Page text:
The recent court hearing between State v. Norman has gotten the attention of the Florida Supreme Court as the high court has denied a motion by the State Attorney to prohibit an appeal of Dale Norman. The Norman case involves the Fort Pierce, FL resident who had the police called on him after a concerned citizen saw his holster visible due to Norman’s sagging pants. Norman, who had just received his concealed carry permit days before the incident, claimed he was unaware that the weight of his pistol was causing his shorts to sag and made his holster visible to the public.
Norman was convicted of violating Florida’s Open Carry Ban and was found guilty. The Florida Statute states:
Except as otherwise provided by law and in subsection (2), it is unlawful for any person to openly carry on or about his or her person any firearm or electric weapon or device. It is not a violation of this section for a person licensed to carry a concealed firearm as provided in s. 790.06(1), and who is lawfully carrying a firearm in a concealed manner, to briefly and openly display the firearm to the ordinary sight of another person, unless the firearm is intentionally displayed in an angry or threatening manner, not in necessary self-defense.
As Norman was a concealed carry permit holder Judge Cliff Barnes of the St. Lucie County Court found three questions of great importance in reference to interpreting the somewhat vague Florida statute mentioned above. Judge Barnes certified the following questions to be addressed by the appellate court:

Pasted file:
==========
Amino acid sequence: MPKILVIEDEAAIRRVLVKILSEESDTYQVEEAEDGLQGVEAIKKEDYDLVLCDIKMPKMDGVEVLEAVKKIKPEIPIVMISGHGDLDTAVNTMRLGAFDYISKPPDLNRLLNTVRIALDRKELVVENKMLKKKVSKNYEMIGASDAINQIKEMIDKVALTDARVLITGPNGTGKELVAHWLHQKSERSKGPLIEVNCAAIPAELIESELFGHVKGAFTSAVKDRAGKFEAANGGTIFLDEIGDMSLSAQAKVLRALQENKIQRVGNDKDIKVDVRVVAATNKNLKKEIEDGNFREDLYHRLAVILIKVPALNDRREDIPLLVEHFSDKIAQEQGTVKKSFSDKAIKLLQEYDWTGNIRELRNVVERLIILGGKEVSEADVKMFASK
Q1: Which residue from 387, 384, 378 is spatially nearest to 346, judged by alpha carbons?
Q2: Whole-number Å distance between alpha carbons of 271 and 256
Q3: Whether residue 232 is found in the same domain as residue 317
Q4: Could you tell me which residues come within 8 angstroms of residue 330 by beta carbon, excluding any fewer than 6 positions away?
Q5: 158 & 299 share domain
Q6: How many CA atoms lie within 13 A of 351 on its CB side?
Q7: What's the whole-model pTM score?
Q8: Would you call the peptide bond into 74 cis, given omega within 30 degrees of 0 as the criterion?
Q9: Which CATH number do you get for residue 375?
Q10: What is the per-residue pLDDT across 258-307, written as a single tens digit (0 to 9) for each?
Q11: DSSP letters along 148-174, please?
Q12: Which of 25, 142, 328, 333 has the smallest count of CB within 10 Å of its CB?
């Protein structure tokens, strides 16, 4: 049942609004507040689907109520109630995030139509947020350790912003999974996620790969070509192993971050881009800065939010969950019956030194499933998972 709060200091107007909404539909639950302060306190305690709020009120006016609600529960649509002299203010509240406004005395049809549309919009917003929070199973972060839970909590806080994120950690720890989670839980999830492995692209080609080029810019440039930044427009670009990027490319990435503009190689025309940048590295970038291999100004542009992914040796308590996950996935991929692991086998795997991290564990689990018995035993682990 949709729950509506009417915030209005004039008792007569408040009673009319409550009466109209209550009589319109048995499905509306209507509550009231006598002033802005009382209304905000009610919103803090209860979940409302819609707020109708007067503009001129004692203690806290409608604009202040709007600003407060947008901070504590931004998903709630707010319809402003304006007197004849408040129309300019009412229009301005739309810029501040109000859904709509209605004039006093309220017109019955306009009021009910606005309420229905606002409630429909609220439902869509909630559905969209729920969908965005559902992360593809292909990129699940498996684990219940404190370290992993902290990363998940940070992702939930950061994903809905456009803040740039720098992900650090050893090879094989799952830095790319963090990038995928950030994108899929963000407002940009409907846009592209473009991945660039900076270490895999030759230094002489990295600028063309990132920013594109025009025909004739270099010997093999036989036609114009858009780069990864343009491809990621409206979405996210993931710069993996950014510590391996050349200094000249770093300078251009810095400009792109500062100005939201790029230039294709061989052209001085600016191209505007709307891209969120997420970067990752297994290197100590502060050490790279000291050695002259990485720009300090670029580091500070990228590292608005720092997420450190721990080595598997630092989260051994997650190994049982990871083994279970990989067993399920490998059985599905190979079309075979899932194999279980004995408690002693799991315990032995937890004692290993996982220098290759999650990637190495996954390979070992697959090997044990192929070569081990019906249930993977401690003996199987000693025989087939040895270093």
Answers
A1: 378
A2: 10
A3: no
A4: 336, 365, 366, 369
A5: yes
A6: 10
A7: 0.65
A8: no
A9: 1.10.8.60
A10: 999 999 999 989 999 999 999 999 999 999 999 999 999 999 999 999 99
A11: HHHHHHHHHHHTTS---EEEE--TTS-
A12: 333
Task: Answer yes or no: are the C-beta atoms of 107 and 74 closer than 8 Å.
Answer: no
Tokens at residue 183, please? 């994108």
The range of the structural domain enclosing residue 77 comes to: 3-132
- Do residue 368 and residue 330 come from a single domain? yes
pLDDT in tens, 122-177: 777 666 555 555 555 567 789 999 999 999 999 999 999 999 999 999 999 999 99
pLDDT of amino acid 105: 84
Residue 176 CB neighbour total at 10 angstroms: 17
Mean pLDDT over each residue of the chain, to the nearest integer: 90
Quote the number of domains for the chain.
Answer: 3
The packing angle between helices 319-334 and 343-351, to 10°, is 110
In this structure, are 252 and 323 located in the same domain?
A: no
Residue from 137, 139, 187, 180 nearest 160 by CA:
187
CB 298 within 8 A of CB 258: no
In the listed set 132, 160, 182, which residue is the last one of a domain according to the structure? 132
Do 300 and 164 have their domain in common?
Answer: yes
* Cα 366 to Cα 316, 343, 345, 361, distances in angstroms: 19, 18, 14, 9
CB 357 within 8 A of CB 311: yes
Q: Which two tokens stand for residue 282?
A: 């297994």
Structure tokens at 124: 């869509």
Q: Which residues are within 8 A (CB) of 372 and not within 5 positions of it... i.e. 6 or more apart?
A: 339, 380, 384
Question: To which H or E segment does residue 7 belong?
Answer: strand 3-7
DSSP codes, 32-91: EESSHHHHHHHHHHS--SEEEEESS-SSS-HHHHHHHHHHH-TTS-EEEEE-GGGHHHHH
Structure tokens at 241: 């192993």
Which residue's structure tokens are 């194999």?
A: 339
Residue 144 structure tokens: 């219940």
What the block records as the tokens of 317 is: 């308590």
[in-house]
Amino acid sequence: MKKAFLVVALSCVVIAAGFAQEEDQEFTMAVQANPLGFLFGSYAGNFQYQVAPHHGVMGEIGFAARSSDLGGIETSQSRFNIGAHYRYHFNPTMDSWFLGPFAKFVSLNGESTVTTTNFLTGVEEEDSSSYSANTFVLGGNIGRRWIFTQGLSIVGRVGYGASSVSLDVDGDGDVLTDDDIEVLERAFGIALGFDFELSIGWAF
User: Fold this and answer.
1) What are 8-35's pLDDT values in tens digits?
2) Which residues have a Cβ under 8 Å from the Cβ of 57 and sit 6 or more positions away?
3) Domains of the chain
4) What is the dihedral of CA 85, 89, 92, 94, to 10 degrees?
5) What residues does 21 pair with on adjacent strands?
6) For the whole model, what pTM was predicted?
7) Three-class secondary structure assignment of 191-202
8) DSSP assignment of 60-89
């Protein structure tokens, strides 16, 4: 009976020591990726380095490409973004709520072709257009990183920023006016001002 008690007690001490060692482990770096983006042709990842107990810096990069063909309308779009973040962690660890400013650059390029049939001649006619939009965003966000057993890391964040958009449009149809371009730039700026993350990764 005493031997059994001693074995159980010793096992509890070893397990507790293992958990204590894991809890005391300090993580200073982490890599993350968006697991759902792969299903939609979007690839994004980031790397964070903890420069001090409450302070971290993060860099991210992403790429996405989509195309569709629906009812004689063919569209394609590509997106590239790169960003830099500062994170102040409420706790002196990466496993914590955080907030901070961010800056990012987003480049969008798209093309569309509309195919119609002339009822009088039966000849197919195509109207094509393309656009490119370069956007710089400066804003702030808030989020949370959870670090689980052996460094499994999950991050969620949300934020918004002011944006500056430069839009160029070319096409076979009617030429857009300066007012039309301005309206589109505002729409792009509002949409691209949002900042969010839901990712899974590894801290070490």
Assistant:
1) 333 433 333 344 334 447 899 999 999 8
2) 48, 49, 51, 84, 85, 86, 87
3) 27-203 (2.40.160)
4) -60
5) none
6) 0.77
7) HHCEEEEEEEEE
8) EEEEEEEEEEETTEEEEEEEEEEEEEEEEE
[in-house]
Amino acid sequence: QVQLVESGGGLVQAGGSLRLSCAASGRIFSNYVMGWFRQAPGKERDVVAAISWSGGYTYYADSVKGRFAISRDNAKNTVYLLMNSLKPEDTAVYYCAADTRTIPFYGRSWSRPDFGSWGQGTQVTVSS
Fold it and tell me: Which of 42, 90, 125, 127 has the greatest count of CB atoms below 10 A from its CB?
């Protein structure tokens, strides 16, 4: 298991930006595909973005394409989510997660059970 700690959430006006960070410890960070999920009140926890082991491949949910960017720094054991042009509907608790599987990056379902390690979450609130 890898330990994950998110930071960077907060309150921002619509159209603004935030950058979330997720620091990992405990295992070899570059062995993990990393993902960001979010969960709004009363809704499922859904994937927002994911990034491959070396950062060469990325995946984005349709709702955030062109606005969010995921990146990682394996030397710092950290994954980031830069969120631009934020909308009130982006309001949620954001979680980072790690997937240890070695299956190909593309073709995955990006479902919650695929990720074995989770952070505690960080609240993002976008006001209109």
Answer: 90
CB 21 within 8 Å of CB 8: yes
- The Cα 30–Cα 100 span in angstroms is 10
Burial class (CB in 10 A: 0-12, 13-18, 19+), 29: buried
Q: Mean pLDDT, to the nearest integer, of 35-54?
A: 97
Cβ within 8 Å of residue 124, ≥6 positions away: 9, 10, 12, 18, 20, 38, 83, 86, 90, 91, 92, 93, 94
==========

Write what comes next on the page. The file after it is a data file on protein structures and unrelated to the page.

- Is Florida’s statutory scheme related to the open carry of firearms constitutional?
- Do the exceptions to the prohibition against open carry constitute affirmative defenses to a prosecution for a charge of open carry or does the State need to prove beyond a reasonable doubt that a particular defendant is not conducting him/herself in the manner allowed?
- Does the recent “brief and open” display exception unconstitutionally infect the Open Carry Law by its vagueness?
The Fourth District of Appeals agreed to consider the questions supplied by Judge Barnes which resulted in a filing by the State of a Writ of Prohibition with the Florida Supreme Court in an attempt to deny the consideration of the questions. This writ contented that the appellate court was exceeding its authority and the Florida Supreme Court denied the State’s Writ of Prohibition meaning that the Fourth District of Appeals will consider these constitutional issues that are of upmost importance to the million strong firearms carry population of Florida.
The Initial Brief on the Merits of the case was filed April 22nd, 2013. The State will have 20 days to file and Answer Brief.
What do you feel about the Florida Statute and the three questions to be addressed by the appellate court?